Strategy

Auditory Preferential Seating

In Auditory Preferential Seating, a student sits in a place in the classroom that increases access to auditory information and reduces distractions related to sound (e.g., closer to a teacher, next to a quiet student, away from ambient noises). This preferred seat supports the student in the ability to be closer to audible sound (e.g., ability to lip-read and visibly see the speaker) or slightly distances a student from audible noise to support hearing sensitivities. To determine a preferred seat, a teacher identifies auditory distractions that are present in the classroom (e.g., heating or AC units, open windows, nearby hallway) in order to determine how particular seating choices could impact a student's ability to hear and process information throughout the school day. A student can be directed by the teacher to move to a seat in a chosen area to support hearing abilities, and over time the student can independently choose a preferred seat while learning to self-monitor auditory needs with teacher check-ins when needed.

Implementation Tips

Reviewing Auditory Skills
Collaborate with a student's educational team (e.g., Teacher of the Deaf, Educational Audiologist) when applying Auditory Preferential Seating for a student with hearing loss. Review the student's auditory abilities and skills, such as, if the student accesses sound differently from ear-to-ear.
Identifying Auditory Distractions
Identify auditory distractions in the classroom environment (e.g., heating and A/C units, open windows, projection machine fan) prior to determining Auditory Preferential Seating. Make sure that the student is seated away from these distractors and when possible alter noisy devices (e.g., turn off during lessons).
Highlighting the Benefits of a Preferential Seat
Create a list with the student’s input that highlights the benefits of sitting in areas that allow for best listening and participation (e.g., a few initial ideas are provided and then the student self-generates some additional ideas). Explain that Preferential Seating is a privilege in the classroom and not a punishment.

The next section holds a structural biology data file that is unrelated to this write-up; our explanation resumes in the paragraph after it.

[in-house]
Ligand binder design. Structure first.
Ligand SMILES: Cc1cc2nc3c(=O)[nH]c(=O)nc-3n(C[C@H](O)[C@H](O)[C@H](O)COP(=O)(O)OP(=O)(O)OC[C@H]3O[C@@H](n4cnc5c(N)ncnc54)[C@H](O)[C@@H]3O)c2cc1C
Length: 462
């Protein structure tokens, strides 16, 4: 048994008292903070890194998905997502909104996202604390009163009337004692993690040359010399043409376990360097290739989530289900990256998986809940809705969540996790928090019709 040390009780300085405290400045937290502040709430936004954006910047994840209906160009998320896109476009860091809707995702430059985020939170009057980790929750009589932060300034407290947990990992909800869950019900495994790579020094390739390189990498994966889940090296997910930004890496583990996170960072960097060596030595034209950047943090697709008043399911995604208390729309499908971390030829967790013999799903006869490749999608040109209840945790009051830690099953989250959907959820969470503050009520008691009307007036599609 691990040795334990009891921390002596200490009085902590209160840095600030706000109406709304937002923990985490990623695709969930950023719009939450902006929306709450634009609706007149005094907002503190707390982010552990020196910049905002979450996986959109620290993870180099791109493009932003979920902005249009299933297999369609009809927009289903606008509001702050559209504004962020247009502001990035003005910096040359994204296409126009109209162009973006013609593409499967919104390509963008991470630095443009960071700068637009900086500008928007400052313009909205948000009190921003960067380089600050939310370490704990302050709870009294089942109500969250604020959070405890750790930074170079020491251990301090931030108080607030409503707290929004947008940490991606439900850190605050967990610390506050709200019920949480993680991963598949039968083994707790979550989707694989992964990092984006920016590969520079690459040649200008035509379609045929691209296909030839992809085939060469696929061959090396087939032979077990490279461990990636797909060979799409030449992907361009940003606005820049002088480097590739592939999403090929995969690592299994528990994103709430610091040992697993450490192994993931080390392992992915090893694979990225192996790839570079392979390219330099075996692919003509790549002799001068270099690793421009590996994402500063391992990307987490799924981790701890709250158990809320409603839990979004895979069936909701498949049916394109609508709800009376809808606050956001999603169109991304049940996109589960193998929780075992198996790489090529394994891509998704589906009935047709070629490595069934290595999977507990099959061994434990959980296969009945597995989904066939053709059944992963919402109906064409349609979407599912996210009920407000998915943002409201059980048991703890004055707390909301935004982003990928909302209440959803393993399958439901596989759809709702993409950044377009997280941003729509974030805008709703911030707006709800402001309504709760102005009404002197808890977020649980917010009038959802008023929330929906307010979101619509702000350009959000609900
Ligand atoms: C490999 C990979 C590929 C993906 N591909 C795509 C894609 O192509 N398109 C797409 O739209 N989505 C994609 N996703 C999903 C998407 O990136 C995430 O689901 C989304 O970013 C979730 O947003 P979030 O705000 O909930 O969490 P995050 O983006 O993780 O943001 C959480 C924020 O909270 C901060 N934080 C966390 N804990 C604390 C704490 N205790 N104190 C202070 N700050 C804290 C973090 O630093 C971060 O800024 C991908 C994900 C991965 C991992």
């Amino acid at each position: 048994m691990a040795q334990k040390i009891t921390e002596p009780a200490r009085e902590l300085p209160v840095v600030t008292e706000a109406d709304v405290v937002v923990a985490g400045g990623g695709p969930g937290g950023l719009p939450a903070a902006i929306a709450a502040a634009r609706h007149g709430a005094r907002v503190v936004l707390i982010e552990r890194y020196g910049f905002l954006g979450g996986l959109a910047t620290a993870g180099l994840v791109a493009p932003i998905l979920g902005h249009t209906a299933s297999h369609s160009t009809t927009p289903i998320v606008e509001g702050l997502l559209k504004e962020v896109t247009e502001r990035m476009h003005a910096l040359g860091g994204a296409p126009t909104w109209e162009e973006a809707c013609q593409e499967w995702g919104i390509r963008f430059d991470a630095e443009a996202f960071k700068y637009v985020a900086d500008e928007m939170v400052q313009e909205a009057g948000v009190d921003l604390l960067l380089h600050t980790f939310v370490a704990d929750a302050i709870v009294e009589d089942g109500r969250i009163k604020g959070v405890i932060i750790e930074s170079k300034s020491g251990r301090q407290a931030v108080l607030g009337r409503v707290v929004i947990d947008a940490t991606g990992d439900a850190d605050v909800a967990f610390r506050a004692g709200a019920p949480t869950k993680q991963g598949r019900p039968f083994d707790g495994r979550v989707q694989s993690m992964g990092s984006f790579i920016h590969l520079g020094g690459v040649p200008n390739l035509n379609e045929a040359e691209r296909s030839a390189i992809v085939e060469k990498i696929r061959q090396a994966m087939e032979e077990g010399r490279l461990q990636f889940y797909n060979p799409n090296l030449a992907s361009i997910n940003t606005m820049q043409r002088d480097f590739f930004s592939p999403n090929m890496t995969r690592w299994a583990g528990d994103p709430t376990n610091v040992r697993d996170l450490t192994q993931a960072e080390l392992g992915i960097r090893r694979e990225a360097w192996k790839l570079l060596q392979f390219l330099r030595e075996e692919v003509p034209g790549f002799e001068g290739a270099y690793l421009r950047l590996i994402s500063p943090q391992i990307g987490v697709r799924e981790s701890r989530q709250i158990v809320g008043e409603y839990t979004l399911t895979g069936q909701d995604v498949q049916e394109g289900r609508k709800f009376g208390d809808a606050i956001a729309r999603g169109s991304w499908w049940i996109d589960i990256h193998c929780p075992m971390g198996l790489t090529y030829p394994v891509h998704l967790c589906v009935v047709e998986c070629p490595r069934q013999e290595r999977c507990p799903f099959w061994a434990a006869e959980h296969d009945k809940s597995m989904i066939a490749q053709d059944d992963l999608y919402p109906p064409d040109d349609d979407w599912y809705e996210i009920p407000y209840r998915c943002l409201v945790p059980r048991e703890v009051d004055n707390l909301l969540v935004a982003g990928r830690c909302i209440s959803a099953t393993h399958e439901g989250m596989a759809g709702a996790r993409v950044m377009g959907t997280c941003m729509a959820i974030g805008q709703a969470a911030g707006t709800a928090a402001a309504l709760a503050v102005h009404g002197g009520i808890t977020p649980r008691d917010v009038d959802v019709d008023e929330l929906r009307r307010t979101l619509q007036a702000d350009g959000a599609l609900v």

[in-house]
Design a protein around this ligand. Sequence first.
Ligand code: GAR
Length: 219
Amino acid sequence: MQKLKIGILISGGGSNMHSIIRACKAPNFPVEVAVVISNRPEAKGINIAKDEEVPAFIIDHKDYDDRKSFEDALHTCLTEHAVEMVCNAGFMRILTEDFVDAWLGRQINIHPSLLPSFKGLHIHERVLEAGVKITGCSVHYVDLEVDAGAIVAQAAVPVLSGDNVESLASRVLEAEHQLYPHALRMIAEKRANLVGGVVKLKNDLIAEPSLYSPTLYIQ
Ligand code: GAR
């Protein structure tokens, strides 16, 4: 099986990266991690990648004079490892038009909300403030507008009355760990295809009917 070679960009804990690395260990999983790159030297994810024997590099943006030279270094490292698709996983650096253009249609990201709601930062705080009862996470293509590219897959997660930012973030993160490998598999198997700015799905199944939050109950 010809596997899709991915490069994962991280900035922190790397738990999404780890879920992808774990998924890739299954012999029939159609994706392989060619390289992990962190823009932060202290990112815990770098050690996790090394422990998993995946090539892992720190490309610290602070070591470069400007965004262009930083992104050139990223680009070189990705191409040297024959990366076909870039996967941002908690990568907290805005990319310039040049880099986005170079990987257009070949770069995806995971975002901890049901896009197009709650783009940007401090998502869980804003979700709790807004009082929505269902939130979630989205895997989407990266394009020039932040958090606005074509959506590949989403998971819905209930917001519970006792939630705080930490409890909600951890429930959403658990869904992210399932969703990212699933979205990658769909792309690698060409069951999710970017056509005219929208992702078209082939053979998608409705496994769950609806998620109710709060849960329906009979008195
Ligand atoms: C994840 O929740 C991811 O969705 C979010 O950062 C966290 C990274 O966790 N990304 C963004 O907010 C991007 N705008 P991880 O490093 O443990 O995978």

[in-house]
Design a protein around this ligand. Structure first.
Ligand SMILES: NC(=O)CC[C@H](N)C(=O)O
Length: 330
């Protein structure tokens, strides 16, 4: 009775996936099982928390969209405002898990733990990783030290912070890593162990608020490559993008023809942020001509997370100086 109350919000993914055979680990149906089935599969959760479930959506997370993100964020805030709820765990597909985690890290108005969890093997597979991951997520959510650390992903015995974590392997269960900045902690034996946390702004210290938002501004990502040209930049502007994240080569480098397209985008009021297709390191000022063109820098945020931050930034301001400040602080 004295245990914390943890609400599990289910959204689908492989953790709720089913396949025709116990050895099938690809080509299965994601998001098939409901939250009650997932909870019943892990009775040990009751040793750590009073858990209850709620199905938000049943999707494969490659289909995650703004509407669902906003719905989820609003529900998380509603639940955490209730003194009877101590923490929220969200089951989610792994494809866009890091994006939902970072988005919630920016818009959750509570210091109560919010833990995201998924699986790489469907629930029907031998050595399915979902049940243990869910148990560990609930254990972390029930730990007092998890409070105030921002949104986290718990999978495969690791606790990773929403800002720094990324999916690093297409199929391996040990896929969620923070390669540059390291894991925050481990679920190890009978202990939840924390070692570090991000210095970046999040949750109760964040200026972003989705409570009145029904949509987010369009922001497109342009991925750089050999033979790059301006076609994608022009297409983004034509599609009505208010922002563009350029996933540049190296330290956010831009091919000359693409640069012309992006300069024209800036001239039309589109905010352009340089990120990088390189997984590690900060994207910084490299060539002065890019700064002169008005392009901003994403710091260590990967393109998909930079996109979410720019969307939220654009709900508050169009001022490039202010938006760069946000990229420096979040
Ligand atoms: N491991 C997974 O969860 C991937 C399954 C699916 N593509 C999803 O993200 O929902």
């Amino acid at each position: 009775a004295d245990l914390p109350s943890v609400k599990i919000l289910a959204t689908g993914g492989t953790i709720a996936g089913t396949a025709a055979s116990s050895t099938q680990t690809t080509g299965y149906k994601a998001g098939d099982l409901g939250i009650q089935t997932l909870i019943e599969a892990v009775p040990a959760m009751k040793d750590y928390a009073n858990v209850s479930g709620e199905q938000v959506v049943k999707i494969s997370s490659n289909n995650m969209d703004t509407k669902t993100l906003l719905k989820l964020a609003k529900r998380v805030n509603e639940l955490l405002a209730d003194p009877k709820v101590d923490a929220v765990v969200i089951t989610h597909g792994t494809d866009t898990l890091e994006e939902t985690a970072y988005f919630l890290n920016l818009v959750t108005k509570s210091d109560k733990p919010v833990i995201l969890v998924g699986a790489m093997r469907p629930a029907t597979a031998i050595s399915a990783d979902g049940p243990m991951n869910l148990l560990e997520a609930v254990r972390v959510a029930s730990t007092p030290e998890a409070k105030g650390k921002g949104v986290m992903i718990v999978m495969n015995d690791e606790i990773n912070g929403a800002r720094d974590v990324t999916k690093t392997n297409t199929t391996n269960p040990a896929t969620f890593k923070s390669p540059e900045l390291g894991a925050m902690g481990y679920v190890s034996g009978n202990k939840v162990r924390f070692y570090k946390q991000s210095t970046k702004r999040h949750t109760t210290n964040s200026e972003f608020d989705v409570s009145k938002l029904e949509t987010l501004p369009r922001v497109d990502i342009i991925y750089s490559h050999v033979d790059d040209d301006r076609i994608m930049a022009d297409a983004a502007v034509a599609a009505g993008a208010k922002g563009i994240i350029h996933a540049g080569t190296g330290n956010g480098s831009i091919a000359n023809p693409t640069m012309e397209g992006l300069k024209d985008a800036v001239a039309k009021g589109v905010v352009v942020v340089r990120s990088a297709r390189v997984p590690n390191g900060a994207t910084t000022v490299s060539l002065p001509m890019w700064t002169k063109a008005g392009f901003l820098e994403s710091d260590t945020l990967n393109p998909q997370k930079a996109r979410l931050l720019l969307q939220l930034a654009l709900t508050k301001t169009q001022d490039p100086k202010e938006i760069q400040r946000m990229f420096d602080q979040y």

Supporting Student Tracking Abilities
Seat a student with hearing loss about one-third from the front of the classroom, on an outer edge of the group during lessons to support the student in physically tracking and following the speaker (e.g., movements and hand gestures, lip-reading) and to reduce the amount of sound surrounding the student.
Building Self-Advocacy Skills
Encourage a student using Preferential Seating to self-identify when the auditory environment is interfering with hearing abilities (e.g., “The classroom is too noisy.” / “I need to sit closer to the speaker.”). When the student is able to identify these needs independently, allow them to choose their own preferred seat.
Supporting Reflective Learning
Promote understanding for Preferential Seating by asking the student to reflect on seating choices throughout the school day. Ask reflective questions to support the student’s self-awareness (e.g., “Was your seat choice successful?” / “Did your seat choice lead to distraction?" / "Was your auditory access limited?”).
Planning Seating Options
Provide a student an assigned seat when presenting content information (e.g., lecture, read aloud) to ensure the student receives auditory information with support. Also, provide opportunities for the student to independently choose seats when Preferential Seating is not required (e.g., circle time, centers).

Examples

Preferential Seating During Direct Instructional Time
While a class transitions from their desks to the rug, a teacher notices that the a student with hearing loss is still cleaning up desk materials while rug spots begin to fill up. To prevent the student with hearing loss having to sit at the back of the group, the teacher designates a seat in the third row, two seats from the middle, on the outer edge of the rug to support the student with better auditory access to an upcoming read aloud. The teacher explains, “This seat will help you easily hear the text being read and it’s also further away from the AC unit, which can be distracting.”).
Preferential Seating With Background Noise/Distractions
While observing students as they work independently at their desks, a teacher notices a student becoming distracted by a neighboring student (e.g., chatty, always fidgeting with materials). To support the student and minimize background noise and distractions while working independently, the teacher reassigns the student with a preferential seat next to another student that demonstrates a more quiet and attentive demeanor. This seat is also on the opposite side of the room, away from where other students often take movement breaks, which helps to reduce additional auditory and visual distractions.
Building Independence with Preferential Seating Choices
After assigning Auditory Preferential Seating for a student with hearing loss over time, a teacher encourages the student to self-manage preferred seating choices. First, the teacher explains this new responsibility to the student (e.g., “You will have to evaluate what will be the best possible seat for you. This might mean having to ask a peer to switch or adjust their seat. If you need support, you can always ask for help from an adult.”). Throughout the school day the teacher checks-in with the student to help monitor, assess, and reflect on the student’s seat selections (e.g., “Was your seat choice successful? Why or why not?”).

Related Strategies